Marco Schiavon, Bernd Leinauer and Matteo Serena, New Mexico State University, Las Cruces, NM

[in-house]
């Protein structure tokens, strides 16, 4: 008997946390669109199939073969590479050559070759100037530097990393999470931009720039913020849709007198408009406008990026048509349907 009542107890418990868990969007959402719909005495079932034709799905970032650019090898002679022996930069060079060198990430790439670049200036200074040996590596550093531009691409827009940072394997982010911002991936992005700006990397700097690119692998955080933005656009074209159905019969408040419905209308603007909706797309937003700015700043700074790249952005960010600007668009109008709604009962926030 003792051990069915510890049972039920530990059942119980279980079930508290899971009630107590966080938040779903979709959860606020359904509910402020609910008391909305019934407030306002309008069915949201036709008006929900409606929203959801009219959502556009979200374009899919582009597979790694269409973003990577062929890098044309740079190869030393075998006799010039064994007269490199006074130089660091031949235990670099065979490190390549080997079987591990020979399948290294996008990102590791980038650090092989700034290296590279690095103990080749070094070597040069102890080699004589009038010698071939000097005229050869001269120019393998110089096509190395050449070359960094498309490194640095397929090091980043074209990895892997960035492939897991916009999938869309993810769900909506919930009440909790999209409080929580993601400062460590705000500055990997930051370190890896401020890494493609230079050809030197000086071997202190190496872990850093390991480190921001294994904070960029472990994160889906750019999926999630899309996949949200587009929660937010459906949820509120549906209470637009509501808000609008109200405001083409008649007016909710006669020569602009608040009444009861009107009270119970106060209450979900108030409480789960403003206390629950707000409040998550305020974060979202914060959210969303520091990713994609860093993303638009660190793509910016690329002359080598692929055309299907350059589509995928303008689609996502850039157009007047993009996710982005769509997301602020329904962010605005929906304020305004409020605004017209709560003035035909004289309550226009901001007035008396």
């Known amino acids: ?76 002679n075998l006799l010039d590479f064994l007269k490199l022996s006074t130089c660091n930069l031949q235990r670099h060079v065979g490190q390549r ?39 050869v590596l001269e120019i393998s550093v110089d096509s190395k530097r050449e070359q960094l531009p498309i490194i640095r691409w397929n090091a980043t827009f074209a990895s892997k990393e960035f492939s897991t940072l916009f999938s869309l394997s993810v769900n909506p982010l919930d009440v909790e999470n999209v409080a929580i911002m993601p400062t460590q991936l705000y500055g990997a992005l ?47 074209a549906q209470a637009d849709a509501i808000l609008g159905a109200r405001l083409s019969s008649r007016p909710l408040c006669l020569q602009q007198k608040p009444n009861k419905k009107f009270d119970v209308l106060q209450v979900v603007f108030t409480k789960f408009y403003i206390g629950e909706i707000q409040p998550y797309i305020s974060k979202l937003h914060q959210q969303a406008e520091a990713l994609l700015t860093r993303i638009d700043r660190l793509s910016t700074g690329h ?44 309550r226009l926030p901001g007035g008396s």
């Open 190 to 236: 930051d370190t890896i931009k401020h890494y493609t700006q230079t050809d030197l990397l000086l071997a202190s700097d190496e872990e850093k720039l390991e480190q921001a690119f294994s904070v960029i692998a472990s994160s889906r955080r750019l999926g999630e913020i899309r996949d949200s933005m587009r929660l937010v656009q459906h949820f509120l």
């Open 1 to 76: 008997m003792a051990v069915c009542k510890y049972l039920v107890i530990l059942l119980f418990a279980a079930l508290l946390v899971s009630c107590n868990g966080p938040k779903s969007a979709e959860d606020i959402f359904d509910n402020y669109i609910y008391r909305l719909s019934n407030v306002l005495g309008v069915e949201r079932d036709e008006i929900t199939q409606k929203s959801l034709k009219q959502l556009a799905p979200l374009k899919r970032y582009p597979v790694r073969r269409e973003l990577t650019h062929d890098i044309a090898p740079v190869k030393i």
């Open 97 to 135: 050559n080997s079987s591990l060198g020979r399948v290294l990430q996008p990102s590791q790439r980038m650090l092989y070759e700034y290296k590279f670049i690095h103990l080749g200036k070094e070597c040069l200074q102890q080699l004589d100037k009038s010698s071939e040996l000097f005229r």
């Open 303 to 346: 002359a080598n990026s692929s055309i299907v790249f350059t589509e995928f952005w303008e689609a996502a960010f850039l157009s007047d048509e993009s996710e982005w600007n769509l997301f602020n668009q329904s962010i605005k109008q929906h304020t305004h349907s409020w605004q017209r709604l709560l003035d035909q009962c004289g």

Drought, salinity and heat are typical environmental stresses for arid and semi-arid areas. Reactive Oxygen Species may be formed in plants subjected to such stresses. The first defense mechanism of plants against these species is the Superoxide Dismutase (SOD) enzyme that catalyzes the transformation of superoxide radical into hydrogen peroxide. A study was conducted at New Mexico State University in Las Cruces, NM during the summers of 2010 and 2011 to determine turf quality and SOD activity of bermudagrass [Cynodon dactylon (L.)] cultivar Princess 77 and seashore paspalum [Paspalum vaginatum (Swartz)] cv. Sea Spray treated with either a soil surfactant (Revolution) or a PGR (Primo MAXX) at label rate. Irrigation was applied daily at 50% ET0 from either a sprinkler or a subsurface-drip system with either saline (TDS = 1600 ppm) or potable (500 ppm) water. Leaves and stolons were sampled monthly from July until September. Turf quality and SOD activity in leaves and stolons were higher in plots treated with Primo Maxx compared to an untreated control. Generally, SOD activity was higher during the summer of 2011 than 2010 as a result of higher air temperatures and lower rainfall amounts. Although no differences in turf quality were found between the two species, enzyme activity recorded in bermudagrass was higher than that recorded in seashore paspalum suggesting that other defence mechanisms to oxidative stress are present in seashore paspalum. Saline irrigation water and type of irrigation did not affect SOD activity. Although plots with highest turf quality also had highest SOD activity, no significant correlation between enzyme activity and visual ratings was found.